1636 The Devil’s Opera – Snippet 34
“Simon,” Ursula beckoned with her free hand. He stepped around Hans to where she could lay her hand on his shoulder. “The boy needs clothes. Two shirts, two pants, two hose, a jacket that fits, and a coat.”
Â Â Â Â Â Â Â Â Â Frau Anna looked Simon up and down. He straightened under her examination. “A scamp of a lad, I imagine he is.” She chuckled again, reached out a wrinkled hand and patted his cheek. He bore the soft touch without flinching, he was proud to note. “Well enough, let me see what I have.”
The old woman turned to her cart. Simon detected no rhyme or reason to the arrangement of the piles of clothes on the cart, but Anna’s hands dove into the piles like otters into a river, surfacing every now and then to drape a bundle of cloth over the cart handles. One last time they appeared, and she began handing garments to Ursula.
“Simon,” Ursula said again and pulled him around in front of her. He stood, bewildered, as she held shirts up against his back and shoulders and pants up against his waist, bending to see where they fell to. The two women muttered to each other, and Anna dove back into the cart to pull out yet another shirt. Ursula examined it with care, then nodded her approval.
Anna had a jacket for him as well, but when it came to a coat anywhere close to his size, she had nothing that a man would wear. “Sorry, Liebling, but I sold the last one I had not an hour before you came. But you might go down the way to old Herman’s cart. He had some the last time I saw him. Just look them over good.”
The old woman smiled, and just for a moment Simon got a glimpse of what she must have been like as a girl. That surprised him. He’d never thought before that old people had to have been his age upon a time.
“So how much?” Ursula asked. This commenced the bargaining over his new clothes. Simon listened, awe-struck, as the two women chaffered back and forth, eventually arriving at a sum that almost made him choke. It didn’t seem to bother Hans, though, when Ursula waved at him. He stepped up, pulled a handful of money from his pocket, and counted a paper bill and a pfennig and bits of broken coins until Frau Anna was satisfied.
Frau Anna folded the clothes together, then tied the bundle with a bit of twine. She held it out to Simon. It took him a moment to realize that he was supposed to take it; he had never had a package of his own to carry.
Ursula said her farewells, then turned and limped down the street, Hans at her side. Simon followed behind, as usual, and noticed as he did so that Hans was very careful not to actually grab Ursula or hold her while she was walking but still managed to be close enough to provide instant support if she needed it.
Their progress was slow, but others would make way for them. Simon suspected this had more to do with Hans glowering at people than it did people giving way out of courtesy for Ursula’s infirmity. He knew that if Hans had glowered at him, he would certainly have moved out of the way.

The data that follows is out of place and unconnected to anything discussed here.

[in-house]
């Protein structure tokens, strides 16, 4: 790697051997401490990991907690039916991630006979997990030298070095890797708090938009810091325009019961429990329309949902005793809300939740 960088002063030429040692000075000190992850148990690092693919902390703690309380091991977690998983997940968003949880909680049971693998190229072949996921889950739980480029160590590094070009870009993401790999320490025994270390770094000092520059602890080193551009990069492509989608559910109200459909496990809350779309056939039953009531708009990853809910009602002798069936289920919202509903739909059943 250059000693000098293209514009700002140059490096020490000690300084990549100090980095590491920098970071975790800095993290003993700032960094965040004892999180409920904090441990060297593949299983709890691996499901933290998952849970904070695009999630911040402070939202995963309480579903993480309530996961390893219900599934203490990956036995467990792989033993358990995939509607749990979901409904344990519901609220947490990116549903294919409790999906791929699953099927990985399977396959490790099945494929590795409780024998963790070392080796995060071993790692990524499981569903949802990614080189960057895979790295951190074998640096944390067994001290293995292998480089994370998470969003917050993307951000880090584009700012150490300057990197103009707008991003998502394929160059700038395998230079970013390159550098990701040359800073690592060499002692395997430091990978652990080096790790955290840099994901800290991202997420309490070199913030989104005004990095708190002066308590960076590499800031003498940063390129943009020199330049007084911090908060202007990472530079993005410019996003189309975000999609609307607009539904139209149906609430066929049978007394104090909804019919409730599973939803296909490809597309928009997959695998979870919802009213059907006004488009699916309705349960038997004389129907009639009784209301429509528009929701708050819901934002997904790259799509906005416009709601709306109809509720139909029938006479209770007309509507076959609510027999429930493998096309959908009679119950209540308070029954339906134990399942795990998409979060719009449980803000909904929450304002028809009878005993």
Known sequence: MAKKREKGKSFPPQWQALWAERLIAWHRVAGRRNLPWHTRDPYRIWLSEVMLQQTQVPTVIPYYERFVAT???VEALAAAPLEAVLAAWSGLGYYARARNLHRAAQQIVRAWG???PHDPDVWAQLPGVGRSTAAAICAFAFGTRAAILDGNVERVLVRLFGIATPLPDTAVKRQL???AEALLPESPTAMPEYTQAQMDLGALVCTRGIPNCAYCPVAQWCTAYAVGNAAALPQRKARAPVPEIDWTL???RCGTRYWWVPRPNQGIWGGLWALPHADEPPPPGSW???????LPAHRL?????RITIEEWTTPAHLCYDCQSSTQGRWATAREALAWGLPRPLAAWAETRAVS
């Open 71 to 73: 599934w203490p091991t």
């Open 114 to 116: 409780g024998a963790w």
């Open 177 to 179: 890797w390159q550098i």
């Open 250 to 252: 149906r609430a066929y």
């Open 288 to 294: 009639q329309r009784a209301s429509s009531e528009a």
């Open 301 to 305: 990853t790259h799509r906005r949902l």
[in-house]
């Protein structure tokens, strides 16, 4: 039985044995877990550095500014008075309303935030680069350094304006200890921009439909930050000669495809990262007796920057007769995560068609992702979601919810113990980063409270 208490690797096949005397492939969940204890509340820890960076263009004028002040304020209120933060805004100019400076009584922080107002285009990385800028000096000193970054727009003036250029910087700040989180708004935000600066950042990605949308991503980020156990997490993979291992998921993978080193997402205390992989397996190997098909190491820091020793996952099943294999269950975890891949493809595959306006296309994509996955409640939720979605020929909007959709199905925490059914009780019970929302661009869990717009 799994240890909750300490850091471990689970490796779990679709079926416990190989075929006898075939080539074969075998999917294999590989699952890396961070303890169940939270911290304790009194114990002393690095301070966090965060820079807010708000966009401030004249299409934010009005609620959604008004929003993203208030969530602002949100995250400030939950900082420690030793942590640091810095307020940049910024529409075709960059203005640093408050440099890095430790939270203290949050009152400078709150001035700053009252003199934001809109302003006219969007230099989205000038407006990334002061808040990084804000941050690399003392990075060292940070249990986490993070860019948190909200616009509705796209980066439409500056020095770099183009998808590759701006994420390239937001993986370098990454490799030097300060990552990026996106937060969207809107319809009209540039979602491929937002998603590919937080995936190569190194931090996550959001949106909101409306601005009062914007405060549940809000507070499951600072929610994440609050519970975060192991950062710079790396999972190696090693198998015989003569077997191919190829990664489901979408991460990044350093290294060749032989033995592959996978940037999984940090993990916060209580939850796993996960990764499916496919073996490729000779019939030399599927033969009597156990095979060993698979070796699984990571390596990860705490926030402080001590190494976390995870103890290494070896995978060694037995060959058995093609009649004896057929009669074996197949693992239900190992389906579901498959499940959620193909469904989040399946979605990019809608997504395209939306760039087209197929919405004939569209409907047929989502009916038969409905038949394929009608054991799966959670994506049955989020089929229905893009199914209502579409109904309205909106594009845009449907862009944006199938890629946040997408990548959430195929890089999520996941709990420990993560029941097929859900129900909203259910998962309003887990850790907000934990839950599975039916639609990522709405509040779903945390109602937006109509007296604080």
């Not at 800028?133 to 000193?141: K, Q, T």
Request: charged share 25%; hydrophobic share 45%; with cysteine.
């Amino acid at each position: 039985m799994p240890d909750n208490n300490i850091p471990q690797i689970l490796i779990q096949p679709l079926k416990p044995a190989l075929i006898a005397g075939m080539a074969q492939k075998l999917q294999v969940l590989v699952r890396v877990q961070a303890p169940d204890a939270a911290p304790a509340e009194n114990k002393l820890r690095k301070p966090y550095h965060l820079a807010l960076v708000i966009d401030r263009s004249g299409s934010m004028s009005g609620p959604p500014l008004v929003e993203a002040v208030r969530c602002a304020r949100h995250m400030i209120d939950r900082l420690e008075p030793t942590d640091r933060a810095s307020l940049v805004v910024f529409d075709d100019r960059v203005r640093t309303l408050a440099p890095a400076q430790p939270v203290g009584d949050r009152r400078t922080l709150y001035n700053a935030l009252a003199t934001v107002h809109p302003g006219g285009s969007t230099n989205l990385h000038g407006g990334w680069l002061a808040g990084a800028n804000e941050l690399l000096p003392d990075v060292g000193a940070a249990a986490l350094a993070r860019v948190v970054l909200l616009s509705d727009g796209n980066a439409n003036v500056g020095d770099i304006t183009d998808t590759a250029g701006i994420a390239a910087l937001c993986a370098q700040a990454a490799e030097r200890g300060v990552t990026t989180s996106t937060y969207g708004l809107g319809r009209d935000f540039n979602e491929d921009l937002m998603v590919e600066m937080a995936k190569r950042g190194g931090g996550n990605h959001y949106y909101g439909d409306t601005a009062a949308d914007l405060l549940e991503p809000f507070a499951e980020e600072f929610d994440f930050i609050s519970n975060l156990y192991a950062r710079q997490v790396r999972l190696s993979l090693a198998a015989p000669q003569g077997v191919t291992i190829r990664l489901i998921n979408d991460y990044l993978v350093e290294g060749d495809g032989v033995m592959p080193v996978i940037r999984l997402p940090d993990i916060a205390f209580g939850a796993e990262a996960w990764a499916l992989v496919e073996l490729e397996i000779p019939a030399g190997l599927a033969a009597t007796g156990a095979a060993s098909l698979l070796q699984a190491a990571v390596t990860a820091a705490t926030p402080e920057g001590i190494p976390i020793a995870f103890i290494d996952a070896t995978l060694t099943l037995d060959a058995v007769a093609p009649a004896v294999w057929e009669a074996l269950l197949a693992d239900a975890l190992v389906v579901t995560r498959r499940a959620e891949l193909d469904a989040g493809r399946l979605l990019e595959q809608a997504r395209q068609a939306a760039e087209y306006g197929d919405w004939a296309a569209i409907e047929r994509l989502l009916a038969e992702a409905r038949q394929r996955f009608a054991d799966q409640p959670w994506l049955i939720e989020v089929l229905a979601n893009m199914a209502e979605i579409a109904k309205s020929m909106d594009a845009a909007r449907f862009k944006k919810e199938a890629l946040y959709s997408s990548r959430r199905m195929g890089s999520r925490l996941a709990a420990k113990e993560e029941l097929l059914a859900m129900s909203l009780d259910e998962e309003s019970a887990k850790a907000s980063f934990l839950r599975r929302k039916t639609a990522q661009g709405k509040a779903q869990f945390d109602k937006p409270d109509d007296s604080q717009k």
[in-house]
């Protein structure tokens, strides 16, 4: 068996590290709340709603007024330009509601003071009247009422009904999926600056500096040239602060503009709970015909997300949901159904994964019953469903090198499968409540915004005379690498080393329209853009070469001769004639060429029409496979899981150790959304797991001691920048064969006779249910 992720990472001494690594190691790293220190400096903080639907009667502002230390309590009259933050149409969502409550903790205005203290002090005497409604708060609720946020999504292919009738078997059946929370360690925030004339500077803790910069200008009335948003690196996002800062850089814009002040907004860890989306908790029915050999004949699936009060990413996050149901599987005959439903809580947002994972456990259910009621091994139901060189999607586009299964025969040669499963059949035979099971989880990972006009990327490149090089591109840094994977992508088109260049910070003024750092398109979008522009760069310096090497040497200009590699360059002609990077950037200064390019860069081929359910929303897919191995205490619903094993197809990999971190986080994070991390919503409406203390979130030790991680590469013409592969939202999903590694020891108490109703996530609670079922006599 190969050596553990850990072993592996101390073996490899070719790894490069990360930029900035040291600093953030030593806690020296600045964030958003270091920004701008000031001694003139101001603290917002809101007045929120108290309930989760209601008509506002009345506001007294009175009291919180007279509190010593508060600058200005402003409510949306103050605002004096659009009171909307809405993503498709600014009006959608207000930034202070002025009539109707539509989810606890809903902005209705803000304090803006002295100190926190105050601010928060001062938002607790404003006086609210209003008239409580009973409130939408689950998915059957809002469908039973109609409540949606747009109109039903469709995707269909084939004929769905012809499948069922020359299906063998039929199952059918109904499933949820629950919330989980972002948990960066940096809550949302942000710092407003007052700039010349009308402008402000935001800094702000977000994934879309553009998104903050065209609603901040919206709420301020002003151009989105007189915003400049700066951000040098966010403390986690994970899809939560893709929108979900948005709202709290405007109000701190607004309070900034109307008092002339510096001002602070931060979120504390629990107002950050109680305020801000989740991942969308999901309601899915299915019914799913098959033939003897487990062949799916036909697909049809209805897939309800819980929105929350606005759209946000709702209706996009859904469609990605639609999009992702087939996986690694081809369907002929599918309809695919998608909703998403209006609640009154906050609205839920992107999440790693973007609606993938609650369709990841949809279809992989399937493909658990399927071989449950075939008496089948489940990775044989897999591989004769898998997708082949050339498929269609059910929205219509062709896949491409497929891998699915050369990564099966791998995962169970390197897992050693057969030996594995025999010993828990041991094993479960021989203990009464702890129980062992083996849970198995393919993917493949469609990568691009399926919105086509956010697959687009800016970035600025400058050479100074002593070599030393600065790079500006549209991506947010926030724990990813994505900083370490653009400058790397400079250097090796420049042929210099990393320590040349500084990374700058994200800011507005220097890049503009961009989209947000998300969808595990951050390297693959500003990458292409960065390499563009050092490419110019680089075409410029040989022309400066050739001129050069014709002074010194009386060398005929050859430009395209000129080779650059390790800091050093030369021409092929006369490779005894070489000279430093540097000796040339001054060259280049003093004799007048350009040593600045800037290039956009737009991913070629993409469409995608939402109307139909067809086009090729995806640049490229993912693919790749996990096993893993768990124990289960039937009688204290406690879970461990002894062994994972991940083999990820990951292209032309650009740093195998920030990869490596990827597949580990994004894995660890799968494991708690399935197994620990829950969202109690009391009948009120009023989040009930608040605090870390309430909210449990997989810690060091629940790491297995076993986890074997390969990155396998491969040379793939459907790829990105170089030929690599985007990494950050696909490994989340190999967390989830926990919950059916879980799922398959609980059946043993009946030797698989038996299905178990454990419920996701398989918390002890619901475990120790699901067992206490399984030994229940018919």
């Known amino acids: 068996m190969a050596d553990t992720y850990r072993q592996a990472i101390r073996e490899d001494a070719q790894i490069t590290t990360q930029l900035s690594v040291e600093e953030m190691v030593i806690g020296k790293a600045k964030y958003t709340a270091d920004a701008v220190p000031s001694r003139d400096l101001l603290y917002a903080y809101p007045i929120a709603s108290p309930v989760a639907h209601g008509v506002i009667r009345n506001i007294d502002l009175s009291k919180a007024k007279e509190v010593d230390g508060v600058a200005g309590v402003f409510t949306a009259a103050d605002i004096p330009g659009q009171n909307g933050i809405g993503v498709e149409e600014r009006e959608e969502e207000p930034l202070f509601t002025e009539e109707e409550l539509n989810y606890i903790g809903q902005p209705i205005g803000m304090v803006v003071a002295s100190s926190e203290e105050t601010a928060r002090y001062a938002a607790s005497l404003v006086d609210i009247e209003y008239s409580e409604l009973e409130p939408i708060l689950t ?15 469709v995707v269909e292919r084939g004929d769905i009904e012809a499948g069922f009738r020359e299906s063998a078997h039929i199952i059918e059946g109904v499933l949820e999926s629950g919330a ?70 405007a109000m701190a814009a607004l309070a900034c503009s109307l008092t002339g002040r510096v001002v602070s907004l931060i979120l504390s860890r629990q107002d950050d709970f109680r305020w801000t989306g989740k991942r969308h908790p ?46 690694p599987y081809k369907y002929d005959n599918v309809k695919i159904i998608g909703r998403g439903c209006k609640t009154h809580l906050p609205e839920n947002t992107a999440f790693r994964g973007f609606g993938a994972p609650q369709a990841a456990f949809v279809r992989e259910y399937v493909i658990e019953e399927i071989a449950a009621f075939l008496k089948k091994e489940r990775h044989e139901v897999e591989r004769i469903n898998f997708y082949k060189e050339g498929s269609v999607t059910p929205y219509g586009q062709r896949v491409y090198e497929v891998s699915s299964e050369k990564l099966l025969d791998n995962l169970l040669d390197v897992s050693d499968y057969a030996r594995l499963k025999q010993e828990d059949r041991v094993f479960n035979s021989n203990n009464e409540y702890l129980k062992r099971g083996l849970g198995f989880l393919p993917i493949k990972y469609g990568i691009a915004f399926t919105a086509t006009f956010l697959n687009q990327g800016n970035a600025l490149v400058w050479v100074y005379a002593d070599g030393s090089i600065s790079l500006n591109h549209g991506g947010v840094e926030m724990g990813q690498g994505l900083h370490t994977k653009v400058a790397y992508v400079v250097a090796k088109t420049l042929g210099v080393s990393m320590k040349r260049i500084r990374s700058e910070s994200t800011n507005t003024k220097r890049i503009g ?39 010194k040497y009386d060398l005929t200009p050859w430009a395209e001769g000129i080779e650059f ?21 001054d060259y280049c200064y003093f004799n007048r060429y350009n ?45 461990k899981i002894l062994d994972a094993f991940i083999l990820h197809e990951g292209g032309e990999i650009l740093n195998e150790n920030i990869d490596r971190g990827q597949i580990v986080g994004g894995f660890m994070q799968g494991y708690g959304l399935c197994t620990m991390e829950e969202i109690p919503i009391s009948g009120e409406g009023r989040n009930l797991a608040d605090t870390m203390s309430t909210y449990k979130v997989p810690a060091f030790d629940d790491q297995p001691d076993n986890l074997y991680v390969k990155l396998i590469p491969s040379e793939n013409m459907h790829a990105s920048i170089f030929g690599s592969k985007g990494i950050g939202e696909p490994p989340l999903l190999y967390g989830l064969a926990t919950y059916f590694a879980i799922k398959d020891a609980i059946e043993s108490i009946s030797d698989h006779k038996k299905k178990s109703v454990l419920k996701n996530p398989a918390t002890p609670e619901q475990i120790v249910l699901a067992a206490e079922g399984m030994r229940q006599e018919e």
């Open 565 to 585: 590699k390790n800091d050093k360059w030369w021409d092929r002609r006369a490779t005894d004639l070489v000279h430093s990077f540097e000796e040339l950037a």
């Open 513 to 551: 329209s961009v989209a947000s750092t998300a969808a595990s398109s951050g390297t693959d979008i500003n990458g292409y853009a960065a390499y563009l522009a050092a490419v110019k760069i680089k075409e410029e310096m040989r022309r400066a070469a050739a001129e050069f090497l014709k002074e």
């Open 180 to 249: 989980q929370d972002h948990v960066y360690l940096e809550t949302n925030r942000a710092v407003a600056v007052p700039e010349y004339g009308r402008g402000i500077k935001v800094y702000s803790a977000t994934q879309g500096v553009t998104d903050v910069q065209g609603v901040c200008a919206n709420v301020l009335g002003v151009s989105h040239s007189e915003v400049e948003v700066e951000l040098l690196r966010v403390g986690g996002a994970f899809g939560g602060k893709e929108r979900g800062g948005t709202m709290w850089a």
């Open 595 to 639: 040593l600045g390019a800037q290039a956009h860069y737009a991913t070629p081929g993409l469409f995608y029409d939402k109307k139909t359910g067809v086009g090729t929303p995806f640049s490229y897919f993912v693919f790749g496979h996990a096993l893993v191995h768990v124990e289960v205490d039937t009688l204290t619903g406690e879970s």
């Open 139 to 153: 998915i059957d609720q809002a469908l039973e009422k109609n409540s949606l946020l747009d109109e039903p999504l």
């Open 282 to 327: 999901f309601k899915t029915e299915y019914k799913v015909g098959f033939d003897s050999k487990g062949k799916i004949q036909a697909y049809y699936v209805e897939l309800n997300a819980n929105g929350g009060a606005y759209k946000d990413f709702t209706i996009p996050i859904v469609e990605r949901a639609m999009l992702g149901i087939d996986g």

Ursula walked with her head held high, moving with an odd grace, despite her limp. They passed one vendor after another, from cart to ramshackle booth to oilskin laid on the ground. Several of the vendors would speak to Hans or his sister. A few nodded to Simon as well.
They stopped in front of another cart. Simon assumed this must be old Herman’s.
“FrÃ¤ulein Metzger,” a man stepped up and gave a short bow. “Herr Metzger.” Hans nodded in return. Simon was ignored for the moment, which was just fine with him.
Old Herman did not look so old, at least not when he was compared with Frau Anna. His bushy beard and the hair that stuck out like a fringe from under his small hat were iron gray rather than snow white. His face wasn’t as cross-hatched with wrinkles as the old woman’s was; instead it bore deep furrows and seams. When his mouth opened, there were teeth present; not a lot, mind you, but still teeth peeped out from behind his lips. He was of middling height and of solid build despite his age.
“A coat,” Herman said after Ursula had made known the object of their quest. He peered at Simon and beckoned him to come closer. “Hmm, yes, a coat for this lad. Have I seen you around here, boy?”
“Maybe,” Simon muttered.
“Ah, well, with my memory I would not remember from one day to the next.” Herman nodded several times with vigor, then started. “A coat. Yes, indeed, a coat.” He turned and began rummaging through the piles on his cart. “No, not that one . . . nor that one, either . . . tch, definitely not that one . . .” Simon smiled as the old man kept up a running commentary. “Hmm . . . this one?” Herman held it up and stared at it, then tossed it back in the cart. “No. Keep looking.”
After a few more minutes of searching accompanied by monologue, Herman pulled an item out of the bottom of the pile. “Aha! You just thought you would escape me.” He shook it out, and it took form as a faded green coat of a size to perhaps fit Simon.